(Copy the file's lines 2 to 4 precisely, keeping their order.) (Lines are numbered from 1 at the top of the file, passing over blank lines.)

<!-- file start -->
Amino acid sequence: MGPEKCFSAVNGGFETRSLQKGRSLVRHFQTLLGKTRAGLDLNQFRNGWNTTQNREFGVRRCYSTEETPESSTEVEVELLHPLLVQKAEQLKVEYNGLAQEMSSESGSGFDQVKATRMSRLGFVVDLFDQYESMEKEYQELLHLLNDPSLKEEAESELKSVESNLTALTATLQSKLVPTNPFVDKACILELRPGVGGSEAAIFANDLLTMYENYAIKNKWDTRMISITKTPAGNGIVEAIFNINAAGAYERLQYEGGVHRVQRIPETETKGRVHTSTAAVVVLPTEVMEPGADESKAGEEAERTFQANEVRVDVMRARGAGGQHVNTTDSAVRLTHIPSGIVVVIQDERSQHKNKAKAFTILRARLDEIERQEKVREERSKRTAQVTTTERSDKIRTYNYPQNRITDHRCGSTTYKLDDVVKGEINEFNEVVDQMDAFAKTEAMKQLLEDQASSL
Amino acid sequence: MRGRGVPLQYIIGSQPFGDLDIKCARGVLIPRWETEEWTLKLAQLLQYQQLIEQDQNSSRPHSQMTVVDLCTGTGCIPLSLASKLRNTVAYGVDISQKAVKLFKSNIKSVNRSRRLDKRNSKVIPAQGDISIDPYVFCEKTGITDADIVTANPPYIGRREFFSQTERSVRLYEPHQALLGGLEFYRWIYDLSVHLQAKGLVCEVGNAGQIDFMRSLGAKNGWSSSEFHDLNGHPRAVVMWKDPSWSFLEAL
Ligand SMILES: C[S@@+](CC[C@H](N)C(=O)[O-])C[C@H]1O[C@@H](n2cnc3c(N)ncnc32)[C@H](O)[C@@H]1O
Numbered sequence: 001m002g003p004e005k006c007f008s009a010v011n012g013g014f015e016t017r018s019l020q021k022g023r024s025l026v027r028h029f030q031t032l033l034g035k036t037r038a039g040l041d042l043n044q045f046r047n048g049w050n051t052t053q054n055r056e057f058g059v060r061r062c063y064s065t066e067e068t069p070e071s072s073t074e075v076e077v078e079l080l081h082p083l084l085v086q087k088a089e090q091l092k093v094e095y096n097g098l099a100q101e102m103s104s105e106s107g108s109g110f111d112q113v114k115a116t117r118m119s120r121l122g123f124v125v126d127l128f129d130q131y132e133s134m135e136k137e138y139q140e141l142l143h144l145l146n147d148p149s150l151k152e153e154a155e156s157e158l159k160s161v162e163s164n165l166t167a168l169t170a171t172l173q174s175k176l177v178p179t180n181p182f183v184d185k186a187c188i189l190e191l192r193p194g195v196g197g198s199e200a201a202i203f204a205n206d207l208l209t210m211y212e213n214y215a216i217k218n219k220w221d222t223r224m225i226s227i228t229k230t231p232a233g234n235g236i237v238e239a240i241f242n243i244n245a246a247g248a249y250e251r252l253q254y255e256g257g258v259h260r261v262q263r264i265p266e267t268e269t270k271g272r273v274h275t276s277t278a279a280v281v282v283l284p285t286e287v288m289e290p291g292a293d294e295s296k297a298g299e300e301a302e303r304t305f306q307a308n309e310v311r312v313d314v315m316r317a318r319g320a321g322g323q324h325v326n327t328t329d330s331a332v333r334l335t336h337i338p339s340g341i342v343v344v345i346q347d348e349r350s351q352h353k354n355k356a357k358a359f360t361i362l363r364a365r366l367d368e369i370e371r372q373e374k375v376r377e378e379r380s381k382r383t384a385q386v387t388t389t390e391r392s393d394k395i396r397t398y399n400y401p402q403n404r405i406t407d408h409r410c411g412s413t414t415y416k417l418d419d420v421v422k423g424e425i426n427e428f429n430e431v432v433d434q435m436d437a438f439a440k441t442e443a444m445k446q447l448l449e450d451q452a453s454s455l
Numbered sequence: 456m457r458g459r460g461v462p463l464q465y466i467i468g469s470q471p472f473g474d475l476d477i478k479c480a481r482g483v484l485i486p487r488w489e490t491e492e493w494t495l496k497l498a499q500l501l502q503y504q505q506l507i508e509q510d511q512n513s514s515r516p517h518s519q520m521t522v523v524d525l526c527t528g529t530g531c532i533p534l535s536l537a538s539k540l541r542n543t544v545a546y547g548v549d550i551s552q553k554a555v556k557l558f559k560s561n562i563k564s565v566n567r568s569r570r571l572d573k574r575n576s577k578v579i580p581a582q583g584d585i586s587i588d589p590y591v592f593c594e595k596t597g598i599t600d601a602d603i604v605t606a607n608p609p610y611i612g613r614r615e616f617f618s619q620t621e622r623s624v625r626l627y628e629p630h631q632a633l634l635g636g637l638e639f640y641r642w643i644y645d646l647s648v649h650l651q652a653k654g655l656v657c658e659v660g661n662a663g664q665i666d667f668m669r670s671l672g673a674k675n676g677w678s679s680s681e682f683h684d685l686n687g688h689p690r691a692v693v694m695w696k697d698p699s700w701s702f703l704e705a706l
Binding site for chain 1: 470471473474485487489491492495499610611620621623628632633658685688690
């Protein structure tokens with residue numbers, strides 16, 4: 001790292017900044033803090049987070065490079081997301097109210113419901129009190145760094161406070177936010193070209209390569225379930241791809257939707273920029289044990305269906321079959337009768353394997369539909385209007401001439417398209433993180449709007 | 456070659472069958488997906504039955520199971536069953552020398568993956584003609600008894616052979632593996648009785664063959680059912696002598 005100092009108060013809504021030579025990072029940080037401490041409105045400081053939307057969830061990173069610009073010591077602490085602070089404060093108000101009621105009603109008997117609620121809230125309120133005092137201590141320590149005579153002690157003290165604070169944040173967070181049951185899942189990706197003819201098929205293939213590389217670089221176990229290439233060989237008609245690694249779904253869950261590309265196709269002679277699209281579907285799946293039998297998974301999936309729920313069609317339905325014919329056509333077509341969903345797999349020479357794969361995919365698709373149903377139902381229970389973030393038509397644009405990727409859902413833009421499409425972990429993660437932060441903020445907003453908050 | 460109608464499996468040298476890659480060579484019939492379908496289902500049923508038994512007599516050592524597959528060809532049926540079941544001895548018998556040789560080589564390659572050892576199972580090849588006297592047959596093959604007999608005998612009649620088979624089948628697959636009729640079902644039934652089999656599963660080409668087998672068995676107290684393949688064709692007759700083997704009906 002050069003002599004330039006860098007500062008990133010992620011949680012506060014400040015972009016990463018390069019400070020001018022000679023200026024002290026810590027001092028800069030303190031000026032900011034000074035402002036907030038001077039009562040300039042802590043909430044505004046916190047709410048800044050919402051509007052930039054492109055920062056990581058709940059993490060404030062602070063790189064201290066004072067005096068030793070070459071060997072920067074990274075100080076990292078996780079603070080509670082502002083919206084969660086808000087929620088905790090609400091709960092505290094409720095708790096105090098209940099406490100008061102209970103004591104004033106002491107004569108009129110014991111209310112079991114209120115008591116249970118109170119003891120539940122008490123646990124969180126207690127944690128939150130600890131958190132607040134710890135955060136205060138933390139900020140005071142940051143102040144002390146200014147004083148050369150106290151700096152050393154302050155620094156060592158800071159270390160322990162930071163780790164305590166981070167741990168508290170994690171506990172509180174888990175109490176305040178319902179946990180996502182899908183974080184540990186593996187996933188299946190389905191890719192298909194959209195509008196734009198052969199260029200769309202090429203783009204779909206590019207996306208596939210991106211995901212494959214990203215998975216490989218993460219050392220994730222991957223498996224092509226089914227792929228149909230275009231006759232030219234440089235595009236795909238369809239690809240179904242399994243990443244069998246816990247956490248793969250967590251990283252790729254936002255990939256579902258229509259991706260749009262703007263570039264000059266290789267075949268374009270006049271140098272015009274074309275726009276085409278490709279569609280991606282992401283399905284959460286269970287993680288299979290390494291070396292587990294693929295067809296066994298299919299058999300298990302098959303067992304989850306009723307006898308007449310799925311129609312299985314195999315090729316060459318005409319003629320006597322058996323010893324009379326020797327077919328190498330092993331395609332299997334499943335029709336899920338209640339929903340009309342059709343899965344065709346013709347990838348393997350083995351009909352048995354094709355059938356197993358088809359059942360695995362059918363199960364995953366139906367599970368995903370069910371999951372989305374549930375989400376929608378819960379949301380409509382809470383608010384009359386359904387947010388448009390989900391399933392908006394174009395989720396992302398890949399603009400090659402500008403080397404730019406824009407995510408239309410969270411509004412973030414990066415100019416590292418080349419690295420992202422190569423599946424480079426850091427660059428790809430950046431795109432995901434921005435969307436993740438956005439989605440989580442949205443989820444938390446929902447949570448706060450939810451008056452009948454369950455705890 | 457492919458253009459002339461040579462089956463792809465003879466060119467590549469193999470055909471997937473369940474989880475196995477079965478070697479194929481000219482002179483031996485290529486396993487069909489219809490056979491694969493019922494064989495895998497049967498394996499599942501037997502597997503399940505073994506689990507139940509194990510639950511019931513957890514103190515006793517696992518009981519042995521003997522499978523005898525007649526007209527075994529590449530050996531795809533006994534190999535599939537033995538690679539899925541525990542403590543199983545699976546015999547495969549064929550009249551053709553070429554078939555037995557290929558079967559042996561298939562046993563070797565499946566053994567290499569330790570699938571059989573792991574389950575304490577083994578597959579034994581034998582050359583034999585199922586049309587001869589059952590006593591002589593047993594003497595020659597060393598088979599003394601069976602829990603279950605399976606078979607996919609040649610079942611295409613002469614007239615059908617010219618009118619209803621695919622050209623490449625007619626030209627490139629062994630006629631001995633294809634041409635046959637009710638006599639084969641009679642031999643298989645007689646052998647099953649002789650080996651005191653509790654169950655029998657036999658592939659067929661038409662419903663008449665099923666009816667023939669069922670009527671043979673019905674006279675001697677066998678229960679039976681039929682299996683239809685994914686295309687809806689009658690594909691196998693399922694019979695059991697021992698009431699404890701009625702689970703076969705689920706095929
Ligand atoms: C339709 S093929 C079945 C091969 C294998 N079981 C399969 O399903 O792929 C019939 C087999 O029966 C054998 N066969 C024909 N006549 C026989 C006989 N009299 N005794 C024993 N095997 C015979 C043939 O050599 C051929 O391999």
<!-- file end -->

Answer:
Amino acid sequence: MRGRGVPLQYIIGSQPFGDLDIKCARGVLIPRWETEEWTLKLAQLLQYQQLIEQDQNSSRPHSQMTVVDLCTGTGCIPLSLASKLRNTVAYGVDISQKAVKLFKSNIKSVNRSRRLDKRNSKVIPAQGDISIDPYVFCEKTGITDADIVTANPPYIGRREFFSQTERSVRLYEPHQALLGGLEFYRWIYDLSVHLQAKGLVCEVGNAGQIDFMRSLGAKNGWSSSEFHDLNGHPRAVVMWKDPSWSFLEAL
Ligand SMILES: C[S@@+](CC[C@H](N)C(=O)[O-])C[C@H]1O[C@@H](n2cnc3c(N)ncnc32)[C@H](O)[C@@H]1O
Numbered sequence: 001m002g003p004e005k006c007f008s009a010v011n012g013g014f015e016t017r018s019l020q021k022g023r024s025l026v027r028h029f030q031t032l033l034g035k036t037r038a039g040l041d042l043n044q045f046r047n048g049w050n051t052t053q054n055r056e057f058g059v060r061r062c063y064s065t066e067e068t069p070e071s072s073t074e075v076e077v078e079l080l081h082p083l084l085v086q087k088a089e090q091l092k093v094e095y096n097g098l099a100q101e102m103s104s105e106s107g108s109g110f111d112q113v114k115a116t117r118m119s120r121l122g123f124v125v126d127l128f129d130q131y132e133s134m135e136k137e138y139q140e141l142l143h144l145l146n147d148p149s150l151k152e153e154a155e156s157e158l159k160s161v162e163s164n165l166t167a168l169t170a171t172l173q174s175k176l177v178p179t180n181p182f183v184d185k186a187c188i189l190e191l192r193p194g195v196g197g198s199e200a201a202i203f204a205n206d207l208l209t210m211y212e213n214y215a216i217k218n219k220w221d222t223r224m225i226s227i228t229k230t231p232a233g234n235g236i237v238e239a240i241f242n243i244n245a246a247g248a249y250e251r252l253q254y255e256g257g258v259h260r261v262q263r264i265p266e267t268e269t270k271g272r273v274h275t276s277t278a279a280v281v282v283l284p285t286e287v288m289e290p291g292a293d294e295s296k297a298g299e300e301a302e303r304t305f306q307a308n309e310v311r312v313d314v315m316r317a318r319g320a321g322g323q324h325v326n327t328t329d330s331a332v333r334l335t336h337i338p339s340g341i342v343v344v345i346q347d348e349r350s351q352h353k354n355k356a357k358a359f360t361i362l363r364a365r366l367d368e369i370e371r372q373e374k375v376r377e378e379r380s381k382r383t384a385q386v387t388t389t390e391r392s393d394k395i396r397t398y399n400y401p402q403n404r405i406t407d408h409r410c411g412s413t414t415y416k417l418d419d420v421v422k423g424e425i426n427e428f429n430e431v432v433d434q435m436d437a438f439a440k441t442e443a444m445k446q447l448l449e450d451q452a453s454s455l